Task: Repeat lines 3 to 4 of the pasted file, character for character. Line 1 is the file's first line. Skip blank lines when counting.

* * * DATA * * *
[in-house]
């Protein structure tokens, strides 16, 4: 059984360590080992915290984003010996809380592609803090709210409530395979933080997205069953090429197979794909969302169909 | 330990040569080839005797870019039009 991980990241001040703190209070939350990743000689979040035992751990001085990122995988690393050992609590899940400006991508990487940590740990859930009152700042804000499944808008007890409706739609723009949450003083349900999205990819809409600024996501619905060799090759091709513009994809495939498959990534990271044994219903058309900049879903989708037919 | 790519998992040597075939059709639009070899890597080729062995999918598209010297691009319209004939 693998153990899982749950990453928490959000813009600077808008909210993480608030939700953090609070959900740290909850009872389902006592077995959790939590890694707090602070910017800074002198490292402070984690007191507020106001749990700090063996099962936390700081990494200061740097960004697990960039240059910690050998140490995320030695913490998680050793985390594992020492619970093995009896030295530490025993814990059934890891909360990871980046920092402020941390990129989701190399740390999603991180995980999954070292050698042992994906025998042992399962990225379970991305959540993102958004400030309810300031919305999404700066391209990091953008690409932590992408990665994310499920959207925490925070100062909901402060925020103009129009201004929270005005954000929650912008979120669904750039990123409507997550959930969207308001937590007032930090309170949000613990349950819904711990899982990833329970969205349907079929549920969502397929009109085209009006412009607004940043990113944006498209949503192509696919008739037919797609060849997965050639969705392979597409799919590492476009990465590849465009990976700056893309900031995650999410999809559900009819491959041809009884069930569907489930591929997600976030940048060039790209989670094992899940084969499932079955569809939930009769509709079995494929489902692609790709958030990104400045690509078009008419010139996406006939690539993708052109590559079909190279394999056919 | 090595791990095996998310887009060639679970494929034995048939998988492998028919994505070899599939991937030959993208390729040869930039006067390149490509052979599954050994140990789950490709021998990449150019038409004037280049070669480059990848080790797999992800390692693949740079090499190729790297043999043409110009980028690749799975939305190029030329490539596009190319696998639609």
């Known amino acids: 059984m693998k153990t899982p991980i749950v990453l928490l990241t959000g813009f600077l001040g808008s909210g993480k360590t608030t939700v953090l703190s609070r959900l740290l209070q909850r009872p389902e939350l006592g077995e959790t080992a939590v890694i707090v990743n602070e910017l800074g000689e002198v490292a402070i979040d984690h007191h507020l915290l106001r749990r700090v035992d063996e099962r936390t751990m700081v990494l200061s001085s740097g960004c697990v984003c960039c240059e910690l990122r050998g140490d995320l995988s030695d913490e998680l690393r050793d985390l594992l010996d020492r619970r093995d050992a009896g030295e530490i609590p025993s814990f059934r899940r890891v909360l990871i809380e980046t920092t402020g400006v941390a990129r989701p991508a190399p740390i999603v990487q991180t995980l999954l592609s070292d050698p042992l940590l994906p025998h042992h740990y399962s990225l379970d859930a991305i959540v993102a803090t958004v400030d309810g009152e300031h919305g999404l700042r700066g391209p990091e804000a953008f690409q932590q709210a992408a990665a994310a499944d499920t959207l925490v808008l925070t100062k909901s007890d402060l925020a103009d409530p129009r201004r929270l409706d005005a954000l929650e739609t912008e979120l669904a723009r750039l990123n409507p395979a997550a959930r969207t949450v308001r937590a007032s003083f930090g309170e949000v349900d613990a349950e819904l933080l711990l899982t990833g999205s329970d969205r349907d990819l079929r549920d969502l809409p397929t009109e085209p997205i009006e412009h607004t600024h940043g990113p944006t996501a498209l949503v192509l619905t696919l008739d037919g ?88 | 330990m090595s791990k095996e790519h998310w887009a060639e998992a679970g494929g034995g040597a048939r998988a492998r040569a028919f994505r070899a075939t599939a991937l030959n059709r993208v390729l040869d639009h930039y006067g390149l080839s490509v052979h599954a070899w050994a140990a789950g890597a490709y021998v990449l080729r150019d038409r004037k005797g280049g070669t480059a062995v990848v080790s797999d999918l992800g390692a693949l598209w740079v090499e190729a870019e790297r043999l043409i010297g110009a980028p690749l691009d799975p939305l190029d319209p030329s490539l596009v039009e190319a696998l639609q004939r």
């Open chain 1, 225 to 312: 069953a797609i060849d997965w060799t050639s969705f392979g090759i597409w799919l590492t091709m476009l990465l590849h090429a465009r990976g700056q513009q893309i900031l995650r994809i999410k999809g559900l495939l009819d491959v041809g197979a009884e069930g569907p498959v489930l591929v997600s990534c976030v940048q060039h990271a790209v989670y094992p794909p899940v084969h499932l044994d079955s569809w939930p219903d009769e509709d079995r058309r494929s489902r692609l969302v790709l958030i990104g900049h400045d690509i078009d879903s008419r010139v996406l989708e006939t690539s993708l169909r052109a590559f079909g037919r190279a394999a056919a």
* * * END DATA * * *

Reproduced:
């Known amino acids: 059984m693998k153990t899982p991980i749950v990453l928490l990241t959000g813009f600077l001040g808008s909210g993480k360590t608030t939700v953090l703190s609070r959900l740290l209070q909850r009872p389902e939350l006592g077995e959790t080992a939590v890694i707090v990743n602070e910017l800074g000689e002198v490292a402070i979040d984690h007191h507020l915290l106001r749990r700090v035992d063996e099962r936390t751990m700081v990494l200061s001085s740097g960004c697990v984003c960039c240059e910690l990122r050998g140490d995320l995988s030695d913490e998680l690393r050793d985390l594992l010996d020492r619970r093995d050992a009896g030295e530490i609590p025993s814990f059934r899940r890891v909360l990871i809380e980046t920092t402020g400006v941390a990129r989701p991508a190399p740390i999603v990487q991180t995980l999954l592609s070292d050698p042992l940590l994906p025998h042992h740990y399962s990225l379970d859930a991305i959540v993102a803090t958004v400030d309810g009152e300031h919305g999404l700042r700066g391209p990091e804000a953008f690409q932590q709210a992408a990665a994310a499944d499920t959207l925490v808008l925070t100062k909901s007890d402060l925020a103009d409530p129009r201004r929270l409706d005005a954000l929650e739609t912008e979120l669904a723009r750039l990123n409507p395979a997550a959930r969207t949450v308001r937590a007032s003083f930090g309170e949000v349900d613990a349950e819904l933080l711990l899982t990833g999205s329970d969205r349907d990819l079929r549920d969502l809409p397929t009109e085209p997205i009006e412009h607004t600024h940043g990113p944006t996501a498209l949503v192509l619905t696919l008739d037919g ?88 | 330990m090595s791990k095996e790519h998310w887009a060639e998992a679970g494929g034995g040597a048939r998988a492998r040569a028919f994505r070899a075939t599939a991937l030959n059709r993208v390729l040869d639009h930039y006067g390149l080839s490509v052979h599954a070899w050994a140990a789950g890597a490709y021998v990449l080729r150019d038409r004037k005797g280049g070669t480059a062995v990848v080790s797999d999918l992800g390692a693949l598209w740079v090499e190729a870019e790297r043999l043409i010297g110009a980028p690749l691009d799975p939305l190029d319209p030329s490539l596009v039009e190319a696998l639609q004939r």
């Open chain 1, 225 to 312: 069953a797609i060849d997965w060799t050639s969705f392979g090759i597409w799919l590492t091709m476009l990465l590849h090429a465009r990976g700056q513009q893309i900031l995650r994809i999410k999809g559900l495939l009819d491959v041809g197979a009884e069930g569907p498959v489930l591929v997600s990534c976030v940048q060039h990271a790209v989670y094992p794909p899940v084969h499932l044994d079955s569809w939930p219903d009769e509709d079995r058309r494929s489902r692609l969302v790709l958030i990104g900049h400045d690509i078009d879903s008419r010139v996406l989708e006939t690539s993708l169909r052109a590559f079909g037919r190279a394999a056919a």